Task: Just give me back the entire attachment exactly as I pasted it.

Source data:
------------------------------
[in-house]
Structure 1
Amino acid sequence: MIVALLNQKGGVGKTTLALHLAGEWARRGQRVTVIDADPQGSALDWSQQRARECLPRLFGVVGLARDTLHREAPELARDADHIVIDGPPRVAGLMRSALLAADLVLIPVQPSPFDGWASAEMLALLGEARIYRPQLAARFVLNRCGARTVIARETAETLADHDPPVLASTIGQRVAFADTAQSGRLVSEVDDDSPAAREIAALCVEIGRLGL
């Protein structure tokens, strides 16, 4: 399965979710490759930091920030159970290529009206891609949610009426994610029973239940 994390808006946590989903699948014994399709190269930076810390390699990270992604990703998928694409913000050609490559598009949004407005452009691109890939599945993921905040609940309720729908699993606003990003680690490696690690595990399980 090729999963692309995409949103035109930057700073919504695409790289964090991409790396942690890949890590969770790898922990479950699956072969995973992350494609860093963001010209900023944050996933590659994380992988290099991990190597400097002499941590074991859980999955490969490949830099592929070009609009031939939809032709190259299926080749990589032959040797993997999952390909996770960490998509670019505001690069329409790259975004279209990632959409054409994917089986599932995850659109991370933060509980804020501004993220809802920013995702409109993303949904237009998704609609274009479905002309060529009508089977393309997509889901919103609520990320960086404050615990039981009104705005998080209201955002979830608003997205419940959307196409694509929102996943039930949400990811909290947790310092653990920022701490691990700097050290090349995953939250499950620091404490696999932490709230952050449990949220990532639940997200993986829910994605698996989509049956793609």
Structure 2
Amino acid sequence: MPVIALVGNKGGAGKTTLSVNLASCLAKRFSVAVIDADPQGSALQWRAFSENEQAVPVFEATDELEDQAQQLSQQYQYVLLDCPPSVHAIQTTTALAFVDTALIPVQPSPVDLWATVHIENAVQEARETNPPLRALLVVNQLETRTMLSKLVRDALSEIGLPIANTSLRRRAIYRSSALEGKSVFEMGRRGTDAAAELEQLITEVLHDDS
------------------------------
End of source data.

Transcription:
[in-house]
Structure 1
Amino acid sequence: MIVALLNQKGGVGKTTLALHLAGEWARRGQRVTVIDADPQGSALDWSQQRARECLPRLFGVVGLARDTLHREAPELARDADHIVIDGPPRVAGLMRSALLAADLVLIPVQPSPFDGWASAEMLALLGEARIYRPQLAARFVLNRCGARTVIARETAETLADHDPPVLASTIGQRVAFADTAQSGRLVSEVDDDSPAAREIAALCVEIGRLGL
């Protein structure tokens, strides 16, 4: 399965979710490759930091920030159970290529009206891609949610009426994610029973239940 994390808006946590989903699948014994399709190269930076810390390699990270992604990703998928694409913000050609490559598009949004407005452009691109890939599945993921905040609940309720729908699993606003990003680690490696690690595990399980 090729999963692309995409949103035109930057700073919504695409790289964090991409790396942690890949890590969770790898922990479950699956072969995973992350494609860093963001010209900023944050996933590659994380992988290099991990190597400097002499941590074991859980999955490969490949830099592929070009609009031939939809032709190259299926080749990589032959040797993997999952390909996770960490998509670019505001690069329409790259975004279209990632959409054409994917089986599932995850659109991370933060509980804020501004993220809802920013995702409109993303949904237009998704609609274009479905002309060529009508089977393309997509889901919103609520990320960086404050615990039981009104705005998080209201955002979830608003997205419940959307196409694509929102996943039930949400990811909290947790310092653990920022701490691990700097050290090349995953939250499950620091404490696999932490709230952050449990949220990532639940997200993986829910994605698996989509049956793609």
Structure 2
Amino acid sequence: MPVIALVGNKGGAGKTTLSVNLASCLAKRFSVAVIDADPQGSALQWRAFSENEQAVPVFEATDELEDQAQQLSQQYQYVLLDCPPSVHAIQTTTALAFVDTALIPVQPSPVDLWATVHIENAVQEARETNPPLRALLVVNQLETRTMLSKLVRDALSEIGLPIANTSLRRRAIYRSSALEGKSVFEMGRRGTDAAAELEQLITEVLHDDS